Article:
extreme, to say the very least.
     

I wouldn't say it tells you nothing. But it doesn't tell you much
about what the subject is controlling for, which might be something
you would want to know if your job was to teach someone how to do this
task.

Yes, if you are convinced of the PCT framwork, that's a question you might ask. How would you convince someone who had heard of PCT but was a bit sceptical about its value outside the tracking world that they ought to want to know what the subject was controlling for? Why would they need to know anything more than "the subject is trying to do what is asked"? Yes, we might see that statement as synonymous with "the subject is controlling for a perception that the experimenter perceives that I am following instructions", but how do you persuade someone that some such circumlocution is preferable to "trying to do what I asked him to do"?

Also, I come again to the proposition that in most experiments, the experiment is set up to perform "The Test" for the controlled variable whether the experimenter realizes it or not, in that the experimental presentation offers a disturbance to the presumed controlled variable, and the experimenter sets it up so that the subject can perceive that variable (unless the experiment is to determine how well the subject can perceive it), and determines the degree to which the subject controls for maintaining that variable near its reference level in the presence of disturbances. The experimenter may not know that "The Test" exists, but in most cases it's pretty clear that if The Test would fail, the experimenter wouldn't be very happy with the experimental results.

Again, it's not clear how this helps to persuade anyone of the analogy value of tracking studies.

Perhaps not worthless but certainly misleading. If the experimenter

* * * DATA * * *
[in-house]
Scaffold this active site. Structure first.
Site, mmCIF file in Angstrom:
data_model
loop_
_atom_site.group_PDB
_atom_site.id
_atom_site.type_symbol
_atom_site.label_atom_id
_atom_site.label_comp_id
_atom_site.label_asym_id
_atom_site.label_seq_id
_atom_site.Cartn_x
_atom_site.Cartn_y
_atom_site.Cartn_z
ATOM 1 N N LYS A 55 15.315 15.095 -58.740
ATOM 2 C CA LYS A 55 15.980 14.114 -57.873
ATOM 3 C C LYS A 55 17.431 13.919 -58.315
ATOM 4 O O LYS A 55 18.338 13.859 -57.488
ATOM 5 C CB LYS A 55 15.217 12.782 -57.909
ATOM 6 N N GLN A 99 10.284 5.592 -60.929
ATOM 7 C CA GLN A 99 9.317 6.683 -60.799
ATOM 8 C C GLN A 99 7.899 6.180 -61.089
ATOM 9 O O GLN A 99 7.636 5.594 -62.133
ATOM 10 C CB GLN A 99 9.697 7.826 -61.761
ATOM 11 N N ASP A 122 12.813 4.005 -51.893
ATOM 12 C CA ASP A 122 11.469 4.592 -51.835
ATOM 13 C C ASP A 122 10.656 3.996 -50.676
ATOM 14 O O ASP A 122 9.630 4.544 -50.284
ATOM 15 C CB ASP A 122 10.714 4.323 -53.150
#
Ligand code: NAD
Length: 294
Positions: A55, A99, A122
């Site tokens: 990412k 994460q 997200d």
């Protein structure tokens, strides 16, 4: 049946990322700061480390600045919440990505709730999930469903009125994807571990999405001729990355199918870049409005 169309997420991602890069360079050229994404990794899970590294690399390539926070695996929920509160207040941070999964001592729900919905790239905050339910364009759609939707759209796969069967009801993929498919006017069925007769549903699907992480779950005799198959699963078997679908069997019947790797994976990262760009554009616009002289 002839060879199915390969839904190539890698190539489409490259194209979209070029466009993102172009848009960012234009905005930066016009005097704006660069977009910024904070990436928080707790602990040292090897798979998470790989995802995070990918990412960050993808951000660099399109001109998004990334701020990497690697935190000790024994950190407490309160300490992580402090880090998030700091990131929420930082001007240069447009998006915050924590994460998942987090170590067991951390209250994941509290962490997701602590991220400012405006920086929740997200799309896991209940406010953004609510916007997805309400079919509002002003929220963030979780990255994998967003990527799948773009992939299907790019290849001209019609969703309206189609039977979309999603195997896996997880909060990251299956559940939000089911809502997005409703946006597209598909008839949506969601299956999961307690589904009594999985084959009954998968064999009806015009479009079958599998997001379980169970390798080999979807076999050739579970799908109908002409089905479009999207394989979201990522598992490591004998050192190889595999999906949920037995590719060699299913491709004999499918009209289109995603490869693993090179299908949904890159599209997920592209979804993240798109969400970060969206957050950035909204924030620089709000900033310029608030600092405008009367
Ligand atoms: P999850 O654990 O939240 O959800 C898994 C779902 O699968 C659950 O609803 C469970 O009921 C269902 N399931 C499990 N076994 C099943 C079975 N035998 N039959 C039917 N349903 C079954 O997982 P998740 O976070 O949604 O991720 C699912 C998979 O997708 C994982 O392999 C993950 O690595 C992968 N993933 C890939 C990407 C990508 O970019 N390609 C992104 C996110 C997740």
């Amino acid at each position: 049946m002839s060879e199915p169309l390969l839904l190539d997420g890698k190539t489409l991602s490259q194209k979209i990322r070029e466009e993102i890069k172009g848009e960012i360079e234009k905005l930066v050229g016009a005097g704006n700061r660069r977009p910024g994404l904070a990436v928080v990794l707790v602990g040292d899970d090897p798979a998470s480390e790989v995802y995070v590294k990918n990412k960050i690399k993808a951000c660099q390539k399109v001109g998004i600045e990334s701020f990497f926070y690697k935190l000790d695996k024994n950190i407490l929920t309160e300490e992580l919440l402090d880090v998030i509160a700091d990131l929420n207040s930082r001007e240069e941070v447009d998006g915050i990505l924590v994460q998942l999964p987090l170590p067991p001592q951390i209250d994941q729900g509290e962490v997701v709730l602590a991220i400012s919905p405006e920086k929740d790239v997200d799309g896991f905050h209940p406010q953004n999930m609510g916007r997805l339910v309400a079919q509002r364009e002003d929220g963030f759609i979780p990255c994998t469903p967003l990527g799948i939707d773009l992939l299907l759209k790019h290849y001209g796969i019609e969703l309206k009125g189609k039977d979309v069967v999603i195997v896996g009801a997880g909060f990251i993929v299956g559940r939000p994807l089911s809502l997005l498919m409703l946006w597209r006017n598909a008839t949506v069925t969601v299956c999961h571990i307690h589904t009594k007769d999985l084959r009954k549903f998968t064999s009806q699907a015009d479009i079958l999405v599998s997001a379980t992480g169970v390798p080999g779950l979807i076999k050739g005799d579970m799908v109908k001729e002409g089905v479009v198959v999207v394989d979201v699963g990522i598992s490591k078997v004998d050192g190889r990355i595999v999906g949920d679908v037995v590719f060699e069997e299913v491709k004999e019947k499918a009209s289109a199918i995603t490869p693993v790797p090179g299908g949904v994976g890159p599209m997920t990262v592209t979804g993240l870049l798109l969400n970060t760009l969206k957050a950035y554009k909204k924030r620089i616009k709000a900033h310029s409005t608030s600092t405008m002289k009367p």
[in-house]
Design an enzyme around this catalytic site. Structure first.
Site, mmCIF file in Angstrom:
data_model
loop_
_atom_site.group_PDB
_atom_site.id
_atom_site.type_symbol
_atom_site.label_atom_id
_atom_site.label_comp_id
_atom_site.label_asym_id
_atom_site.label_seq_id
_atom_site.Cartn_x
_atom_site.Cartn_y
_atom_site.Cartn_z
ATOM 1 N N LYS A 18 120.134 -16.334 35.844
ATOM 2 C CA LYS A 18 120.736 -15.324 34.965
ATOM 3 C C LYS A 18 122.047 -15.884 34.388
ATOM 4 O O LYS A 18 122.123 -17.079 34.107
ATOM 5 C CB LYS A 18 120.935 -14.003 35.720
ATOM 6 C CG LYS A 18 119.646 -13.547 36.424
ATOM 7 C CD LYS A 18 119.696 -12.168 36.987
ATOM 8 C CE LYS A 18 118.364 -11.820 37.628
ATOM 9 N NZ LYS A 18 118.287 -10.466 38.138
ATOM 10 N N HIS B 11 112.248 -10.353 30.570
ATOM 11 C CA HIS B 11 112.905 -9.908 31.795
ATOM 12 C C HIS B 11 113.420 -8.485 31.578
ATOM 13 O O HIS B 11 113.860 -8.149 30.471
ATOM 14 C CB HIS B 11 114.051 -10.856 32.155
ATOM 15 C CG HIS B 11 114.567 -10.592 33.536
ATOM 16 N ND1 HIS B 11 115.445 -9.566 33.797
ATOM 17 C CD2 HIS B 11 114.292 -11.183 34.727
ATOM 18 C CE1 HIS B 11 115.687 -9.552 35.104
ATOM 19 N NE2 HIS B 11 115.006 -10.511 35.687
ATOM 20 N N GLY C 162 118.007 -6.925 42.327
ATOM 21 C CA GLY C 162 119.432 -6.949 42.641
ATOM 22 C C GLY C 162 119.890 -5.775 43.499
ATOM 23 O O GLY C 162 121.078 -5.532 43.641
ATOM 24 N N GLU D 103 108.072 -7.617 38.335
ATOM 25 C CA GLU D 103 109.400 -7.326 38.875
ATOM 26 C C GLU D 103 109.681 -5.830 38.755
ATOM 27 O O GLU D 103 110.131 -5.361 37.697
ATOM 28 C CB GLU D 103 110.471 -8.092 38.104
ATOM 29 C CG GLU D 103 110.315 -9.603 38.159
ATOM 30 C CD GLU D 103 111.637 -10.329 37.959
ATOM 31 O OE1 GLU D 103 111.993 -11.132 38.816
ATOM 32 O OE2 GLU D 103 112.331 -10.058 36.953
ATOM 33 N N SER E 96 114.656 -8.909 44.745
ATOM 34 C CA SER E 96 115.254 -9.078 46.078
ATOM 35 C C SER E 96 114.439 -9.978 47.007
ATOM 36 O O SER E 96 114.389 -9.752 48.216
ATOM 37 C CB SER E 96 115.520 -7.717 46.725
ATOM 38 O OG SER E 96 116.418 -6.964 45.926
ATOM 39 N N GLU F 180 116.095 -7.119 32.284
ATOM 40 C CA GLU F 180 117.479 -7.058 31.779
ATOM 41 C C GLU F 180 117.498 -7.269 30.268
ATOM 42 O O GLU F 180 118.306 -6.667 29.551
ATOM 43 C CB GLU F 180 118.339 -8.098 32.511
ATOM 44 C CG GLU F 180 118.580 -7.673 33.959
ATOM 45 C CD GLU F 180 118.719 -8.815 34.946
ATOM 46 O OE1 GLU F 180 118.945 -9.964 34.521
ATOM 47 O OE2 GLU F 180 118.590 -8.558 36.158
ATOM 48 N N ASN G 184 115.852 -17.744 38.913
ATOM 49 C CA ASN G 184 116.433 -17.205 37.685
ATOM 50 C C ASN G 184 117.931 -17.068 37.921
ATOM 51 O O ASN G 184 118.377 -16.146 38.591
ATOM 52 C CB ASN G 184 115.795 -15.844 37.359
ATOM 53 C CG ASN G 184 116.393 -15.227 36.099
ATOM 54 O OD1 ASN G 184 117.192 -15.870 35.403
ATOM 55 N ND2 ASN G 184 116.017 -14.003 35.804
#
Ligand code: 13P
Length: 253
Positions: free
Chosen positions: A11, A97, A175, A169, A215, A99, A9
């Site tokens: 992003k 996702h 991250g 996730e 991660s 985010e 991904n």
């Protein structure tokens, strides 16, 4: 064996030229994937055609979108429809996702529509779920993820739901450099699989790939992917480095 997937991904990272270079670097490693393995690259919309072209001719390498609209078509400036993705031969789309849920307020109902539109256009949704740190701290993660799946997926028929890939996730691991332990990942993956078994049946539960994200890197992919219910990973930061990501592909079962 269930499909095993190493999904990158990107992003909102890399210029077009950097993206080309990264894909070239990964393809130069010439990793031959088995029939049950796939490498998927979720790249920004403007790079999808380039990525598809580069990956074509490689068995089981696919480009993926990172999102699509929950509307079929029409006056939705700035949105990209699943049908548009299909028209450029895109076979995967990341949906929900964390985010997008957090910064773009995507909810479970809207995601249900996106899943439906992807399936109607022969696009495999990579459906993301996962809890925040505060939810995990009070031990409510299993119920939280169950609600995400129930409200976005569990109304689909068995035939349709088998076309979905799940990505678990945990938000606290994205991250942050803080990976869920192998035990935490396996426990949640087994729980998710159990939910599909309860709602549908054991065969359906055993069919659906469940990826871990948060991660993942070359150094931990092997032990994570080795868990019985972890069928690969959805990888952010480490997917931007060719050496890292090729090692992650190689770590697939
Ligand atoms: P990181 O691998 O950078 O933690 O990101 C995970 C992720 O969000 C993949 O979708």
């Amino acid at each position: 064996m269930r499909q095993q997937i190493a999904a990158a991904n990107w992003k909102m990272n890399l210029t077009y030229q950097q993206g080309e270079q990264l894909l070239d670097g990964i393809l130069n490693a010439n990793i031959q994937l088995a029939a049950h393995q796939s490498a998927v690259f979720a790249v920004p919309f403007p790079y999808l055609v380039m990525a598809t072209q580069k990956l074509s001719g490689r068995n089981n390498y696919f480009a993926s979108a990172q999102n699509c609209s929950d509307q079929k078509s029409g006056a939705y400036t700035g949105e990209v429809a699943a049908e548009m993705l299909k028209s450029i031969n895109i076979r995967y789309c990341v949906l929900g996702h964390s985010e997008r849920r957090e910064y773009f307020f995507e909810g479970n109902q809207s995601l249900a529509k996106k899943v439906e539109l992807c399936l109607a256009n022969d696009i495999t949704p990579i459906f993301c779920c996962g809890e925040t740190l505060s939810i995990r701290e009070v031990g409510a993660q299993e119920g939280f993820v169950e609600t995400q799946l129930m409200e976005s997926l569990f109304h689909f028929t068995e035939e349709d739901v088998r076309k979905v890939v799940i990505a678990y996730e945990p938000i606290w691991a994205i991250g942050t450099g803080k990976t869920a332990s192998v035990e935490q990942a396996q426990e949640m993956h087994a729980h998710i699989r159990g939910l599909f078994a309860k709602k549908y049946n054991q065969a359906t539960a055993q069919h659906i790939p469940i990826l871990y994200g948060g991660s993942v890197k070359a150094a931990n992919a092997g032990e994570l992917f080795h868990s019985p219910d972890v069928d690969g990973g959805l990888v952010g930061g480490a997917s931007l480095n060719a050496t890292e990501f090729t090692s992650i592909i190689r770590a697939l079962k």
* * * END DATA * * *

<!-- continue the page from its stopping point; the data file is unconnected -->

doesn't know what the subject is actually controlling for in an
experiment the interpretation of what the subject is doing can be
quite far off base. See, for example, consider my demo of the
"Economic Control" at
http://www.mindreadings.com/ControlDemo/Economics.html. If the
experimenter didn't know that the subject was _controlling_ for
caloric intake _and_ for staying within budget then he/she would
conclude that, in the "Poor Man" situation, increases in the cost of
bread cause an increase in demand for bread.

Let's consider what a non-control (or at least a not overtly control) analysis might say (remember, I'm trying to be a Devil's Advocate). If you have a limited budget, and you must eat, you will eat as much of what you prefer as you can afford (unless its unhealthy to eat so much "meat" and you don't want to get sick), and fill up on the less preferred food. If your less preferred food gets more expensive, you won't be able to afford as much of it, so you have to buy more of the other if you are to stave off starvation.

I recognize that if you already think in terms of controlled variables, it's the same analysis, but it doesn't sound as though it is. It sounds like a classical linear programming optimization problem, and the point of the demo is to show that you must use a control analysis to account for the effect. (Incidentally the demo on your web site really does make it look like a linear programming problem -- at least it does to me).

If the only experiments you are interested in involve tracking, I can see
why you dismiss most behavioral science as uninteresting. Of course, you may
be right. Maybe everything we need to know can be found in tracking
experiments. That certainly makes one's reading list much more manageable.
     

Tracking tasks are simply a nice way to see all the connections in
closed loop behavior.

Yes, they are.

  I see the behavior in all experiments as being
closed loop, the same as that in the tracking task.

Yes, you have PCT thoroughly embedded in your thinking, and you do see that. In fact, understanding PCT, you see all behaviour, not just behaviour in experiments, as being closed loop, whether the behaving organism is a human or a bacterium. But the people you are trying to convince don't think that way, so they don't (yet) "see the behavior in all experiments as being closed loop, the same as that in the tracking task." The problem at hand is how you get them to see it that way.

But unlike in the
tracking task it is harder to see the components of the closed loop in
a conventional experiment, particularly the controlled variable.